The challenges bring a clarion call to continued the struggle toward FULL EQUALITY. We must fl ex our collective power with our voices, our votes and tenacity. We must show up for government meetings from the school board to the state Legislature and every policy-making body in between. We must renew our commitment to fight for equality in every aspect of our lives; and YES our lives depend on tenacious commitment full equality and rights under the law.
▼Uri Vaknin, partner, KRE Capital LLC, Juhl, Ogden, One Las Vegas
It’s an exciting time to be LGBTQ in Las Vegas and Nevada on a political level! We now have two progressive women who support our causes representing our state in the U.S. Senate. We continue to have Dina Titus representing us in the U.S. House of Representatives. And, now we are the first state to have women in the majority of our legislators in our state house in Carson City. We are fortunate to live in an extremely progressive and forward-thinking city. Most of Las Vegas’ largest employers – particularly the casinos – have been on the forefront of equality, inclusion and diversity. They also have been supportive of our community’s organizations and their leaders annually are the recipients of our community awards. What I am most excited about is how the LGBTQ community is transforming our city. We are seeing more and more LGBTQ folks moving into downtown Las Vegas and rejuvenating the historic downtown neighborhoods, and finally creating gayborhoods in neighborhoods like McNeil Estates, Paradise Palms, John S. Park.
These cool, architecturally significant neighborhoods and the reimagining of downtown aren’t just attracting local LGBTQ homebuyers but also folks from other states, particularly California. They now see Las Vegas as a viable place to live due to the amenities downtown now offers, and the sense of community. LGBTQ social media groups have been created in these neighborhoods, which have further engendered a sense of belonging.
It feels like we are growing up as a community. Las Vegas has always been a city where LGBTQ folks come to party, but now we are becoming a city where we want to live and create community.
▼Julio Jimenez-Wenz, Greater Las Vegas Association of Realtors communications director.
I’ve been living on and off in Las Vegas since 1997. Times have changed from not having any protection for the LGBTQ community to seeing employment protection and gay marriage become legal. Still, many in our community are afraid of opening up about their orientation as this is an at-work, at-will state where there is no need for an explanation as to why you are being terminated. Finding LGBTQ leaders in Fortune 500 companies in this valley can be difficult. However, I find that we are still making way in the political arena as we had more LGBTQ candidates elected in the midterm elections.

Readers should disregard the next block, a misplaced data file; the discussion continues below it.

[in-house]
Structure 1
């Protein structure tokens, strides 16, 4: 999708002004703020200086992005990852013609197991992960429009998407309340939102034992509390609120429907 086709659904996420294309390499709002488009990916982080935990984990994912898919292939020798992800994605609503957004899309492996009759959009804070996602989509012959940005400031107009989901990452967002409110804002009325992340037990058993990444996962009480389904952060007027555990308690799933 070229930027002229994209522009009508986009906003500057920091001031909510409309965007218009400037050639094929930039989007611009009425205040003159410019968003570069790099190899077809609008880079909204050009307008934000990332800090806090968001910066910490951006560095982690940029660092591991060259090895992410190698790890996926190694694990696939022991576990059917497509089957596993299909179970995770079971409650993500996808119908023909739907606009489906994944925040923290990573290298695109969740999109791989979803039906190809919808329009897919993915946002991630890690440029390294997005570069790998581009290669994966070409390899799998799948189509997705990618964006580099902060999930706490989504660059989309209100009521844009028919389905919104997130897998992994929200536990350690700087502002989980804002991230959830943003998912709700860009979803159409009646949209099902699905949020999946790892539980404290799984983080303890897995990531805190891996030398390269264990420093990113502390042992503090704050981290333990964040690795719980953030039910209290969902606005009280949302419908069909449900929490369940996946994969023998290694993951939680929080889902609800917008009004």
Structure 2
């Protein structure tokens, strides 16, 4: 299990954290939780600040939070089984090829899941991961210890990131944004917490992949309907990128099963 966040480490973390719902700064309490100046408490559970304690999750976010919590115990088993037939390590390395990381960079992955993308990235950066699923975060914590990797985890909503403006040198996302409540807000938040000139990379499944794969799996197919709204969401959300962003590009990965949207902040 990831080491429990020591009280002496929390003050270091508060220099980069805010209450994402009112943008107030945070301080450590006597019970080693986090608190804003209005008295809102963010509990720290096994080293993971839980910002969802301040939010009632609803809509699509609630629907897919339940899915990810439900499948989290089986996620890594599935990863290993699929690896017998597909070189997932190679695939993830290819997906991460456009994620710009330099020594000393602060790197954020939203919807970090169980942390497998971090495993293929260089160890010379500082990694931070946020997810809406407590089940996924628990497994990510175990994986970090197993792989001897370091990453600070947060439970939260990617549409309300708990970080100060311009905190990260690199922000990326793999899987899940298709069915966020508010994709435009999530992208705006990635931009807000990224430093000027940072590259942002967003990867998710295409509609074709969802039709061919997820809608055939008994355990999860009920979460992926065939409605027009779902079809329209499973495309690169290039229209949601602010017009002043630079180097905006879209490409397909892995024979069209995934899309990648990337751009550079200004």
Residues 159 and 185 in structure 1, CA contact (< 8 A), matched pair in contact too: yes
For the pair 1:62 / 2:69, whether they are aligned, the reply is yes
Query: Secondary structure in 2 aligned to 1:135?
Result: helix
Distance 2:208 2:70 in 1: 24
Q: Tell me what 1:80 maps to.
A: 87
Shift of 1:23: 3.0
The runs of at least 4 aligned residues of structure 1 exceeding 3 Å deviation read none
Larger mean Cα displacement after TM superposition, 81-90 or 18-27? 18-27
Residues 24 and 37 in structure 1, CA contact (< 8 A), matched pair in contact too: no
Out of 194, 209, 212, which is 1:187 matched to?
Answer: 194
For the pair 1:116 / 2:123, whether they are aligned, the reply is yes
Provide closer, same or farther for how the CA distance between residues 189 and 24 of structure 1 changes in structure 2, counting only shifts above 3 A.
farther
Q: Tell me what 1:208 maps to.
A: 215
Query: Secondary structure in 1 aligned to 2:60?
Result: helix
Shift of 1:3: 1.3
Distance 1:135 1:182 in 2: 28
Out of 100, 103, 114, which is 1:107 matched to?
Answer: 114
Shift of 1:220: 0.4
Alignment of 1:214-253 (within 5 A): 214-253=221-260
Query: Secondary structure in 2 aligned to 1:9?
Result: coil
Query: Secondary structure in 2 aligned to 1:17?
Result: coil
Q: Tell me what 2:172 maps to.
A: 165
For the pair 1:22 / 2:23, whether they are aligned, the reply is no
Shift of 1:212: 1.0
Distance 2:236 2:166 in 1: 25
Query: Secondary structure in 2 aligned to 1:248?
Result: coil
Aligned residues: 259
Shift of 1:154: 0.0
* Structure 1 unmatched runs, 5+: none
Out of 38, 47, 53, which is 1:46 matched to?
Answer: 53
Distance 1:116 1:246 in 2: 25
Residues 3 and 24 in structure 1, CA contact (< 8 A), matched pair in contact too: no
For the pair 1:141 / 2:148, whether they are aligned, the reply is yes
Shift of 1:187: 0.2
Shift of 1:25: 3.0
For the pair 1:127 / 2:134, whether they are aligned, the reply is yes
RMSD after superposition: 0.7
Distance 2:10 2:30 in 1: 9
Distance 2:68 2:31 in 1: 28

We have come a long way from the 1950s but we must continue to fight for equality, especially in our current climate. Let’s not forget those who will lead us in the future and those who came before us.
▼Russ White, co-publisher, QLife Media, executive director, Lambda Business Association
First, I am delighted to welcome MY my friend Rob (Schlegel, publisher of the Spectrum) back to the LGBT publishing scene. The landscape has changed dramatically over the years, but the purpose of LGBTQ and other niche publications remains the same as they did over 40 years ago. Rob, Garrett (Pattiani) and I have been working behind the scenes to ensure that QLife and Las Vegas Spectrum work cooperatively to serve the Las Vegas LGBTQ Community.
As I look ahead into 2019, one word comes to mind for the LGBTQ community. “Struggle” is not a word that is new to us, but it is a word that will take on more emphasis in the coming months. I am hopeful for the political inroads that we created in the midterm election. Many allies sit atop the political scales that serve Nevada, but their work for the next two years will be met with confrontations, not just across the aisle but around the world. I’m optimistic that we will see more LGBTQ politicians from Nevada over the next decade.
I am happy to see LGBTQ individuals ascend to significant roles with local employers. This results in leadership development and higher wage earners, both which stimulate our economy and lay the foundation for potential political aspirations. However, we also have a high number of LGBTQ employees at the low end of the pay scale performing necessary jobs, but who struggle without the ambition and career pathing that creates economic viability.
The vastly open space for economic opportunity lies in entrepreneurship, especially among millennials. Becoming an LGBTQ entrepreneur and business owner, and supporting LGBTQ-owned businesses and professionals (not just LGBTQ-serving businesses) are two of the greatest economic opportunities for the LGBTQ community. Starting your own business is scary, and a struggle, but it happens every day. This is why Lambda Business Association exists, and why I am so passionate about LGBTQ entrepreneurship – not only for my own business, but to help others succeed.
The Las Vegas LGBTQ social landscape will remain bifurcated for much of 2019. Vegas struggles desperately for a united community, and finally louder voices are being heard on social media. We will start to see the subcommunities within the LGBTQ world strengthen independently over the next few months and slowly weave together to form new bonds of unity as we celebrate the 50th anniversary of Stonewall.